The Annunciation - by Vanessa Bell (1941)
The Group were all incredibly prolific in their journals, essays, novels and art influencing and developing their controversial take on life, providing the early 20th century with new modern attitudes towards feminism, pacifism and philosophy.
Charleston Farmhouse, the country home of the Bloomsbury Group, has been decorated in the style of the Italian fresco painters – the walls, doors and furniture all became works of art. The walled garden with rambling roses displays mosaics, box hedging, wild flowers and natural planting interspersed with statues; the pond covered with water lilies, the lawn and paths leading to this focal point from the house, all offer an artistic opening to expression.
The Bloomsbury murals also transformed the most delightful tiny church at Berwick, near Charleston, into an artistic and cultural treasure; the murals now adorn the Nave walls, the Chancel Screen, the Pulpit, both sides of the Chancel Arch as well as the Altar frontal.
Bishop Bell of Chichester (the Benefice of Berwick falls within the Diocese of Chichester) expressed his belief that the murals represented a fulfilment of his vision to reunite religion and ‘modern’ art and so bring about a ‘spiritual awakening of our country’. In 1929 Bishop Bell set out his vision, at his enthronement address at Chichester, to include all form of art as an expression of worship of God.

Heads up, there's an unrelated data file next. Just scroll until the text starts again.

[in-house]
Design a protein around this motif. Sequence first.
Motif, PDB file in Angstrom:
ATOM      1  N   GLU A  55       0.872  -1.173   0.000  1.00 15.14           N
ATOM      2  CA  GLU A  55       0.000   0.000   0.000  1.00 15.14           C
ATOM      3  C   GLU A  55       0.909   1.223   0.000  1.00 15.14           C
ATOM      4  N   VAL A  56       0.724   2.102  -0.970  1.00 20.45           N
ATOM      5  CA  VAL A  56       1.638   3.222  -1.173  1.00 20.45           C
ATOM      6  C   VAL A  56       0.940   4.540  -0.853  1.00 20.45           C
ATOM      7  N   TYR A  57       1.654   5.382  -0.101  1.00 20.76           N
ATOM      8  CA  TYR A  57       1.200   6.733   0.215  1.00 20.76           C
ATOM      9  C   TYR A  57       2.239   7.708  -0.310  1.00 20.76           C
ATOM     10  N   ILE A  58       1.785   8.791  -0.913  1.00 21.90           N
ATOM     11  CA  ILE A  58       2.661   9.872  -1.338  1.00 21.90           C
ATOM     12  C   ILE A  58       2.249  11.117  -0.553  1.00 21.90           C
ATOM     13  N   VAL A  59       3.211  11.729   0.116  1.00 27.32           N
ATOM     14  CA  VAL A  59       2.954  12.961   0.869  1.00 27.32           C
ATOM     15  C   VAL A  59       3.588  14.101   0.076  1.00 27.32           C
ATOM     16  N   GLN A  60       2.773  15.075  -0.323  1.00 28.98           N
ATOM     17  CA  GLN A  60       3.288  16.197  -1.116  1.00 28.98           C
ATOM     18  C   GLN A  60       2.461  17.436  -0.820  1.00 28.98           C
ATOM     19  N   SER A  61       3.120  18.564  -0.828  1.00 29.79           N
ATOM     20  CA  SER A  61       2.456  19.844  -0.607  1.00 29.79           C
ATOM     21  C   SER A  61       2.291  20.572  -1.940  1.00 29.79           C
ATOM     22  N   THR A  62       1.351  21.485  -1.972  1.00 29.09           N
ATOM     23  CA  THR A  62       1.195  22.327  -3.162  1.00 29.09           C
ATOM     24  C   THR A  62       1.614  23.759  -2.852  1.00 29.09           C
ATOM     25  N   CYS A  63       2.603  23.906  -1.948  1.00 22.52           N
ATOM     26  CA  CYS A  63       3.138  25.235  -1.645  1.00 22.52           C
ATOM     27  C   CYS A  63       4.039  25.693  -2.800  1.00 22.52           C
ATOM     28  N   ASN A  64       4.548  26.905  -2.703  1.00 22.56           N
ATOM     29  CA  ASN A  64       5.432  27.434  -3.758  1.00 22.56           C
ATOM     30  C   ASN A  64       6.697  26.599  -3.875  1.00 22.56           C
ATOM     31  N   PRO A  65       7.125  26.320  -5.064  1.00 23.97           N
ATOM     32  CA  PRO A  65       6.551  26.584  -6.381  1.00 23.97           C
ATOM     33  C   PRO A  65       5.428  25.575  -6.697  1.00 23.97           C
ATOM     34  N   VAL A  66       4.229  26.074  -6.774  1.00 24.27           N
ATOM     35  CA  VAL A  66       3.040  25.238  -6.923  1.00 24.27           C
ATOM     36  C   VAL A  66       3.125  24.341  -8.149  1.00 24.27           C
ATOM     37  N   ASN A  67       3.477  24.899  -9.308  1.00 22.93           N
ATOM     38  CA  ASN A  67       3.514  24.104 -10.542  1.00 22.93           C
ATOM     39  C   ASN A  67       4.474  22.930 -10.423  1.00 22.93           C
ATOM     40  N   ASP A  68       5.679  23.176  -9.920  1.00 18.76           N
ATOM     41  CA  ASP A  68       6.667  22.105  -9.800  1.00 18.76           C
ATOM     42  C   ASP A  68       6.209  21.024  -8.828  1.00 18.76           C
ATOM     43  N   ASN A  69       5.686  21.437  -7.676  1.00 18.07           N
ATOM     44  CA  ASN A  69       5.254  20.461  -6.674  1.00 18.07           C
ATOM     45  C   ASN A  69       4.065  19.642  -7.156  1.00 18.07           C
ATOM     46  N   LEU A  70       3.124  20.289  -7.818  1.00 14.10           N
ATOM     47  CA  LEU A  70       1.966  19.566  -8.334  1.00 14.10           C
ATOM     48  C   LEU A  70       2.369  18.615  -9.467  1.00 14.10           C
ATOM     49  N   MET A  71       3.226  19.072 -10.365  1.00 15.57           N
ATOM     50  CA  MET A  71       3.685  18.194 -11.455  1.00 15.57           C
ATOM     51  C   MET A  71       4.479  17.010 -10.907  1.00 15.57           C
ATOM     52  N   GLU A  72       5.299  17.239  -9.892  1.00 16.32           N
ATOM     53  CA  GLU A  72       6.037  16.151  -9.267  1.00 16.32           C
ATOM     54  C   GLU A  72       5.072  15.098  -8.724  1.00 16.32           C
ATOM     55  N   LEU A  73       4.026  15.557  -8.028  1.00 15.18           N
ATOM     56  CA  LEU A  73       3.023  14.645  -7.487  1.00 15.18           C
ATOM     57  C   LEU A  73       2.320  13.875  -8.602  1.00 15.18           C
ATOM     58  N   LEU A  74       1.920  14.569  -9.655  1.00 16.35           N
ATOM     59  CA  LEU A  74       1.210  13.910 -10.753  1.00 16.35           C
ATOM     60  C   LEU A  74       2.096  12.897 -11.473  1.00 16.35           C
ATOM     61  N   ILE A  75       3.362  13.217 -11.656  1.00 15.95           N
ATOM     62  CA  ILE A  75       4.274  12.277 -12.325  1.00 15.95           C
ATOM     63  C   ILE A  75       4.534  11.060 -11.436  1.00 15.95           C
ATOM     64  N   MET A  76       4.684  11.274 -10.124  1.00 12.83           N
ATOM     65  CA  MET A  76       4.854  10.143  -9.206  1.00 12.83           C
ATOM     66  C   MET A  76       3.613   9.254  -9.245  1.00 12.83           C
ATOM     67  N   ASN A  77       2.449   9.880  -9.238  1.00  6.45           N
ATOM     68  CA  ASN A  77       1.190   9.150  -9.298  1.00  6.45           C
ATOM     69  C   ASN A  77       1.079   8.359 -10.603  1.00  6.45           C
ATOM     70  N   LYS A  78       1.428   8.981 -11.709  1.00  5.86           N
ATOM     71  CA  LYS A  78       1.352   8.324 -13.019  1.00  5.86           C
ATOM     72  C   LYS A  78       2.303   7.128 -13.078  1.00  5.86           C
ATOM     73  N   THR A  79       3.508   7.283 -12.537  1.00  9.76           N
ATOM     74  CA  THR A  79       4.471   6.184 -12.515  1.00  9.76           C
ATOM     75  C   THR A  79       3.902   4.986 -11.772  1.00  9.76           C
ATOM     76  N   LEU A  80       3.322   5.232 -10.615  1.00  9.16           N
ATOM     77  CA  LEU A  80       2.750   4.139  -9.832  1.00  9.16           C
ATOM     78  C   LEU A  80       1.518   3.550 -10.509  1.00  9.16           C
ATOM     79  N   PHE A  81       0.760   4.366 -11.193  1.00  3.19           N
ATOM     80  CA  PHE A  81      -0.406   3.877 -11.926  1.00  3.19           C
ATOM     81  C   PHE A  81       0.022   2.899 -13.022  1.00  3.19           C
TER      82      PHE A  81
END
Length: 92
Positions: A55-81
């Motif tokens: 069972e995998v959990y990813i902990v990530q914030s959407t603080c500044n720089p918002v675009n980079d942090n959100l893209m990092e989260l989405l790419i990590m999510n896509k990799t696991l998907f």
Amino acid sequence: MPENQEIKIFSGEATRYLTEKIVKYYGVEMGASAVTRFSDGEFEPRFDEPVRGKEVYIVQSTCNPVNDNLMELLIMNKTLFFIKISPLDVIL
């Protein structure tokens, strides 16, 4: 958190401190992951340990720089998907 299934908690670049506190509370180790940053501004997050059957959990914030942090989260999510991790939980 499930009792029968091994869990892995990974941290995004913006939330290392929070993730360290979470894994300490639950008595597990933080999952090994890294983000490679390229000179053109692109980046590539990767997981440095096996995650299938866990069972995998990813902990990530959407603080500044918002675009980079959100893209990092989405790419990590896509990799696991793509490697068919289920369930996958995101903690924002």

The ‘how’ of these murals coming about is described in a wonderful short newsletter issued by Berwick Church on the 50th Anniversary of Bishop Bell’s death, in1958. I highly recommend a read: it throws a light on the thinking before and after the War and gives an insight into a way of life few of us have experienced; copyrighted pictures and art works are shown, as well as some more pictures of the flower decorated Church celebrating this act of inspiration by the Bishop.
Christ in Glory – by Duncan Grant (1941)
The Bloomsbury Group continue providing today’s generation with new ideas and thoughts, as their biographies reflect, and new works are found tucked away in archives throwing another dimension on this group of artists with their eclectic ideas. We should celebrate their forward thinking ideals perhaps with a spit roast of hog and English wine from Sussex grapes, or perhaps even London grapes as I am sure the foragers will tell us there are plenty to be found.
Thank you Mr Postman for delivering this letter which I know will interest my mother, and I will enjoy reading the celebratory newsletter to her, while she will enjoy seeing the pictures. My brother reads from “Recollections”, by Reverend EB Ellman (1815 – 1906), Curate and then Rector of Berwick for 66 years! He lived in Glynde, Firle, Lewes and then Berwick; he is buried in the churchyard at Berwick. The Reverend, an educated man with a degree in Mathematics from Oxford, has a unique tale to tell of life in nineteenth century Sussex.